Additionally, through the year-end “Economic Emergency” measures the Government adopted a 25% surcharge on the “one-time” 2011 net-worth tax for taxpayers with a gross net-worth greater than USD $1.5m (COP $3,000,000,000). Like the reference tax, the surcharge should be assessed on January 1st, 2011, and is payable in 8 semiannual installments through 2014. The adoption of this surcharge results in an effective economic burden (including both the reference tax and the surcharge) of 3% of their net taxable net-worth for taxpayers with a gross net-worth between USD $1.5m (COP $3,000,000,000) and USD $2.5m (COP $5,000,000,000), and of 6% of their net taxable net-worth for taxpayers with a gross net-worth greater than USD $2.5m (COP $5,000,000,000). For the avoidance of doubt, net-worth tax taxpayers in the gross net-worth brackets between USD $500k (COP $1,000,000,000) and USD $1.5m (COP $3,000,000,000) are not subject to the 25% net-worth tax surcharge affecting net-worth tax taxpayers in the gross net-worth brackets greater than USD $1.5m (COP $3,000,000,000).

IMPORTANT: Through the year-end “Economic Emergency” measures the Government adopted additional complex regulations affecting all taxpayers of the 2011 net-worth tax, regardless of the bracket they are in, which are not commented herein and that require careful examination on a case-by-case basis. Among these, are worth noting both (i) the adoption of a measure for purposes of determining whether the net-worth tax is triggering, “disregarding” any net-worth partition strategies implemented by the taxpayer, and (ii) the carve out from LSAs entered pursuant to the Legal Stability Agreements Act No. 963-2005 (see: §1, ¶5, P.2 above), of both the 2011 net-worth tax for taxpayers in the brackets below USD $1.5m (COP $3,000,000,000) and the surcharge for taxpayers in the brackets above USD $1.5m (COP $3,000,000,000).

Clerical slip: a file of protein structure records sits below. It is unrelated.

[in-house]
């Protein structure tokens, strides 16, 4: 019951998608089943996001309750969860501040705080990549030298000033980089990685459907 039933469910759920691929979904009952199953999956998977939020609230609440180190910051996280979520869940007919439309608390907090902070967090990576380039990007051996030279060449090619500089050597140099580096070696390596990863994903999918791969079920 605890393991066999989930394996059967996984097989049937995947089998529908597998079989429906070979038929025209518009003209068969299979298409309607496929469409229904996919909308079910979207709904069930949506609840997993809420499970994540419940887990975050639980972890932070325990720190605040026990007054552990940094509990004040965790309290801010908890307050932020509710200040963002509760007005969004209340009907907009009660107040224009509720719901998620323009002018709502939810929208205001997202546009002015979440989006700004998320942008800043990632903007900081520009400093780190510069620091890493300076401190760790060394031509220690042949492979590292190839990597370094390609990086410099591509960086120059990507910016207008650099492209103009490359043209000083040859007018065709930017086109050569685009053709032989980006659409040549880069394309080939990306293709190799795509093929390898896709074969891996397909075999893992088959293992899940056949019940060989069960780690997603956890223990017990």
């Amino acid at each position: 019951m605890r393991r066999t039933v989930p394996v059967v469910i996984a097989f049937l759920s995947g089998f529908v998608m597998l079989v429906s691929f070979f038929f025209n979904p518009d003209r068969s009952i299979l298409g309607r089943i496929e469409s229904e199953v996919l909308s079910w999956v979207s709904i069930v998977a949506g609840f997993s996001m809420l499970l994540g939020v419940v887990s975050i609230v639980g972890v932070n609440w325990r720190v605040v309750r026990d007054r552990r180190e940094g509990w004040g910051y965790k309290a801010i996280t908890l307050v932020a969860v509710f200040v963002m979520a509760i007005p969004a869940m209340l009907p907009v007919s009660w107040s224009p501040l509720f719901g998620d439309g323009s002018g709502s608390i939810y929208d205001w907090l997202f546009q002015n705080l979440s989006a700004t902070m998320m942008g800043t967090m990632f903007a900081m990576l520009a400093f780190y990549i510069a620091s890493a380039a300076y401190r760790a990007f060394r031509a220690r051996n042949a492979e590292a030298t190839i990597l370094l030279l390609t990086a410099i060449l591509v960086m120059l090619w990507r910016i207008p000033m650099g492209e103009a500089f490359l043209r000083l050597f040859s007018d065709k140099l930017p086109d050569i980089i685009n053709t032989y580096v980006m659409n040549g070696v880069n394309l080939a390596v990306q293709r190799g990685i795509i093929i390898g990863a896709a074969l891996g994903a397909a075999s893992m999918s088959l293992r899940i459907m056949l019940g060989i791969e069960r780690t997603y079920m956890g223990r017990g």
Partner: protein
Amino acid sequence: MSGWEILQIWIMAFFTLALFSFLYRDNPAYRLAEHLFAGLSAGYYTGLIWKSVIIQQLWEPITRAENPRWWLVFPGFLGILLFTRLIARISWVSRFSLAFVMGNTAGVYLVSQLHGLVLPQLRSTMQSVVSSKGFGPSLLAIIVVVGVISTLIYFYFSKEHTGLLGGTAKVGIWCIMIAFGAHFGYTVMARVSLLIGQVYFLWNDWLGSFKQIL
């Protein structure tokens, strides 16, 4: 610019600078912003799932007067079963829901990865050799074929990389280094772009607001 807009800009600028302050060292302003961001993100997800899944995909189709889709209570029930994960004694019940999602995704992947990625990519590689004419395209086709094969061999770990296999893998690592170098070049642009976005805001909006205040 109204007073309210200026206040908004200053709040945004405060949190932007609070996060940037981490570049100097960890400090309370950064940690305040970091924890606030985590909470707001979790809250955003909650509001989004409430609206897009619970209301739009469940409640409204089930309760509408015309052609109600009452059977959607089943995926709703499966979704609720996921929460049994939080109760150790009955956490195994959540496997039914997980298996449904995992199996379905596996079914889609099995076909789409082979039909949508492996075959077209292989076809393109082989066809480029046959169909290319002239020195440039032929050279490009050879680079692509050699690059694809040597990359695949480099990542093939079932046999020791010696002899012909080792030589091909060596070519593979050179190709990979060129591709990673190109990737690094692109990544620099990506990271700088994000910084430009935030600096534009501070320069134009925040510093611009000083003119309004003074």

Through a recent revenue ruling the Colombian Tax Service adopted the “likely controversial and debatable” position that taxpayers subject to the 2011 net-worth tax in the brackets above USD $1.5m (COP $3,000,000,000), cannot benefit from a previous LSA they have entered on that covered previous predecessor net-worth taxes (“Dirección de Impuestos y Aduanas Nacionales” – DIAN, Revenue Ruling No. 098797 – 2010, issued on December 28, 2010).

US dollars figures in this section are approximate values using a COP $2,000 exchange rate.

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(5) Advanced Collection Self-Withholding Tax on Hydrocarbons and Minerals Exports.

Pursuant to the recently enacted 2011 tax reform act, hydrocarbons and mineral Colombian exporters shall assess, and pay within the next month, a “self-withholding” on the gross sales price of their exports. Such withheld amounts are creditable towards the corresponding fiscal year income tax liability of the Colombian exporter, which is assessable and payable on the immediately following year. The tax reform act invests the Colombian Government with the power to determine the withholding tax rate applicable on these exports, which cannot be greater than 10%.